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INTRODUCTION. [Illustration] Thackeray In His Study At Onslow Square. From a painting by E. M. Ward We know exceedingly little of the genesis and progress of Esmond. “It did not seem to be a part of our lives as Pendennis was,” says Lady Ritchie, though she wrote part of it to dictation. She “only heard Esmond spoken of very rarely”. Perhaps its state was not the less gracious. The Milton girls found Paradise Lost a... more...

PREFACE. As this volume, although not the first in chronological order, is likely to be the first to appear in the Series of which it forms part, and of which the author has the honour to be editor, it may be well to say a few words here as to the scheme of this Series generally. When that scheme was first sketched, it was necessarily objected that it would be difficult, if not impossible, to obtain contributors who could boast intimate and... more...

ADVERTISEMENT. [Prefaced to Edition issued in 1808, edited by Sir Walter Scott.] After the lapse of more than a century since the author's death, the Works of Dryden are now, for the first time, presented to the public in a complete and uniform edition. In collecting the pieces of one of our most eminent English classics,—one who may claim at least the third place in that honoured list, and who has given proofs of greater versatility of... more...

LIFE TILL MARRIAGE Scott's own 'autobiographic fragment,' printed in Lockhart's first volume, has made other accounts of his youth mostly superfluous, even to a day which persists in knowing better about everything and everybody than it or they knew about themselves. No one ever recorded his genealogy more minutely, with greater pride, or with a more saving sense of humour than Sir Walter. He was connected, though remotely, with gentle families... more...

INTRODUCTION It is sometimes thought, and very often said, that political writing, after its special day is done, becomes more dead than any other kind of literature, or even journalism. I do not know whether my own judgment is perverted by the fact of a special devotion to the business, but it certainly seems to me that both the thought and the saying are mistakes. Indeed, a rough-and-ready refutation of them is supplied by the fact that, in no... more...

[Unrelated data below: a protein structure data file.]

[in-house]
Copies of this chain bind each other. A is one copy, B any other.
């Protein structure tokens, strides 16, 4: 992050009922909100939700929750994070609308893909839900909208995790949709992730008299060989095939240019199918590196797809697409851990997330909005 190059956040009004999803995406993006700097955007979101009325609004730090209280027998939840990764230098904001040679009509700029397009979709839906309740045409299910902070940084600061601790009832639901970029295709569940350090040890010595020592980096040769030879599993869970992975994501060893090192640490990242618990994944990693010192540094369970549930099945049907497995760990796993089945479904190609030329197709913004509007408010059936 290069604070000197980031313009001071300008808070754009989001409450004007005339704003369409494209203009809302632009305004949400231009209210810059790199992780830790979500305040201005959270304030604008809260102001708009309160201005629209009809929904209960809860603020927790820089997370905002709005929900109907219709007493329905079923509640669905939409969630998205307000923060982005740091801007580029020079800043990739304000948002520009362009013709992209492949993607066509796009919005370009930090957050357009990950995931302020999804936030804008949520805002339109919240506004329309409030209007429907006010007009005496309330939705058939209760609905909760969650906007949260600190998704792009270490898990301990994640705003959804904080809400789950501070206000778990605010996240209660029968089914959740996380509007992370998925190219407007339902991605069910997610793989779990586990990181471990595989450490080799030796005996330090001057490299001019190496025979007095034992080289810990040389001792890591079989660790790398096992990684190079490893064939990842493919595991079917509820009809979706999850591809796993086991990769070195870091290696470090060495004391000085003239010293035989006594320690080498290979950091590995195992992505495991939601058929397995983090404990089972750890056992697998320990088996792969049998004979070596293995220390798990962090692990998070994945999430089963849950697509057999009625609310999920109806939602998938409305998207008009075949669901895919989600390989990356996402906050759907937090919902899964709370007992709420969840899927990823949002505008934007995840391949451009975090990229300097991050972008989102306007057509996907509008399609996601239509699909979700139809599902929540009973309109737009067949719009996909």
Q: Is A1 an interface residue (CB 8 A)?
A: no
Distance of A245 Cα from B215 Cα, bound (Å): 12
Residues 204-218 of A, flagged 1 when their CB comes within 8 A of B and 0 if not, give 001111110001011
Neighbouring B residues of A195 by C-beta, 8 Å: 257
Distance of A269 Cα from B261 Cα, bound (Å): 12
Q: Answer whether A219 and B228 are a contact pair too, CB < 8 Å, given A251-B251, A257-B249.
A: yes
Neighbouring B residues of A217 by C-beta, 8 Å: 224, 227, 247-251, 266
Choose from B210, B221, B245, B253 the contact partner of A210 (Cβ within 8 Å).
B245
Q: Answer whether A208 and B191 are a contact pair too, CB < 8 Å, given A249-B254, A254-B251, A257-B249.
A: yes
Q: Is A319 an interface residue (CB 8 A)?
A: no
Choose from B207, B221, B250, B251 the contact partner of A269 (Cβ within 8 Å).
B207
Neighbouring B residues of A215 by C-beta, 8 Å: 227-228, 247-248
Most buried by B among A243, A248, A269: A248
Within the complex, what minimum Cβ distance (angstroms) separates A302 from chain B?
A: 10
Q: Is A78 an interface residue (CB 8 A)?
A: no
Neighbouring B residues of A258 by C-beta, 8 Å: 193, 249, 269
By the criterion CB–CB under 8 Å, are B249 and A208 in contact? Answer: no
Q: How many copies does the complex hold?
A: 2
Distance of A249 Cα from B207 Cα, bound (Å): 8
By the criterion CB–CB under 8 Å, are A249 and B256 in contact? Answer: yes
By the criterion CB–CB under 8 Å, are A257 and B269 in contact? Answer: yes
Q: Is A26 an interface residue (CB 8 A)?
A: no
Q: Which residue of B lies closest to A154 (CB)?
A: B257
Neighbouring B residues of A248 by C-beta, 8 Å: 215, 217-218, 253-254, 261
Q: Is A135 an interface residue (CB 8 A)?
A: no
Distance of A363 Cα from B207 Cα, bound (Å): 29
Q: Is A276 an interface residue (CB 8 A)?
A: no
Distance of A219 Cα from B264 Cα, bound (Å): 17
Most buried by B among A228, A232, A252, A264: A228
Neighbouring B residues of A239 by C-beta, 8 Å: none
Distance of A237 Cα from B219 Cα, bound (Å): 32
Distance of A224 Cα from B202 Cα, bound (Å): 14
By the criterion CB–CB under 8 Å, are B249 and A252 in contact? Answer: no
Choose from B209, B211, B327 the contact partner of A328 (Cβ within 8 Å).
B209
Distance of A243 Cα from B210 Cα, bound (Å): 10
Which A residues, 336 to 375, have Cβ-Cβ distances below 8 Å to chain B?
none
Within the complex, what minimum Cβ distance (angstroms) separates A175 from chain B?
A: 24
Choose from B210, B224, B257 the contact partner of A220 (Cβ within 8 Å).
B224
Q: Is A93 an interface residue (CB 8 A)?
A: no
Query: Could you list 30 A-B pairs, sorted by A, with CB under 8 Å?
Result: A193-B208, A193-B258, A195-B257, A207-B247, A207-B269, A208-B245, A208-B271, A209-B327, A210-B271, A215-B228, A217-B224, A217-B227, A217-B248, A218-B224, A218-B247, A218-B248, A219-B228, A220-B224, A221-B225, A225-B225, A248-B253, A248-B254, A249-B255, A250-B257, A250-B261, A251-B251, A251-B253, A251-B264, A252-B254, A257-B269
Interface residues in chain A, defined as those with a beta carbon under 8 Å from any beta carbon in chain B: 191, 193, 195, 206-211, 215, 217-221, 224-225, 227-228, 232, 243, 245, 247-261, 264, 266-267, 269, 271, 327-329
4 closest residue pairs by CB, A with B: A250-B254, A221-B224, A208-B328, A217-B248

Chapter I. Life till Marriage, and Work till the Publication of the Poems of 1853. Even those who are by no means greedy of details as to the biography of authors, may without inconsistency regret that Matthew Arnold’s Letters do not begin till he was just five-and-twenty. And then they are not copious, telling us in particular next to nothing about his literary work (which is, later, their constant subject) till he was past thirty. We... more...

INTRODUCTIONTHE KINDS OF CRITICISM It is probably unnecessary, and might possibly be impertinent, to renew here at any length the old debate between reviewers as reviewers, and reviewers as authors—the debate whether the reissue of work contributed to periodicals is desirable or not. The plea that half the best prose literature of this century would be inaccessible if the practice had been forbidden, and the retort that anything which can... more...

PREFACE. An attempt to present to students a succinct history of the course of French literature compiled from an examination of that literature itself, and not merely from previous accounts of it is, I believe, a new one in English. There will be observed in the parts of this Short History a considerable difference of method; and as such a difference is not usual in works of the kind, it may be well to state the reasons which have induced me to... more...

PREFACE When my publishers were good enough to propose that I should undertake this book, they were also good enough to suggest that the Introduction should be of a character somewhat different from that of a school-anthology, and should attempt to deal with the Art of Letter-writing, and the nature of the Letter, as such. I formed a plan accordingly, by which the letters, and their separate Prefatory Notes, might be as it were illustrations to... more...

PREFACE "The second chantry" (for it would be absurd to keep "temple") of this work "is not like the first"; in one respect especially, which seems to deserve notice in its Preface or porch—if a chantry may be permitted a porch. In Volume I.—though many of its subjects (not quite all) had been handled by me before in more or less summary fashion, or in reviews of individual books, or in other connections than that of the... more...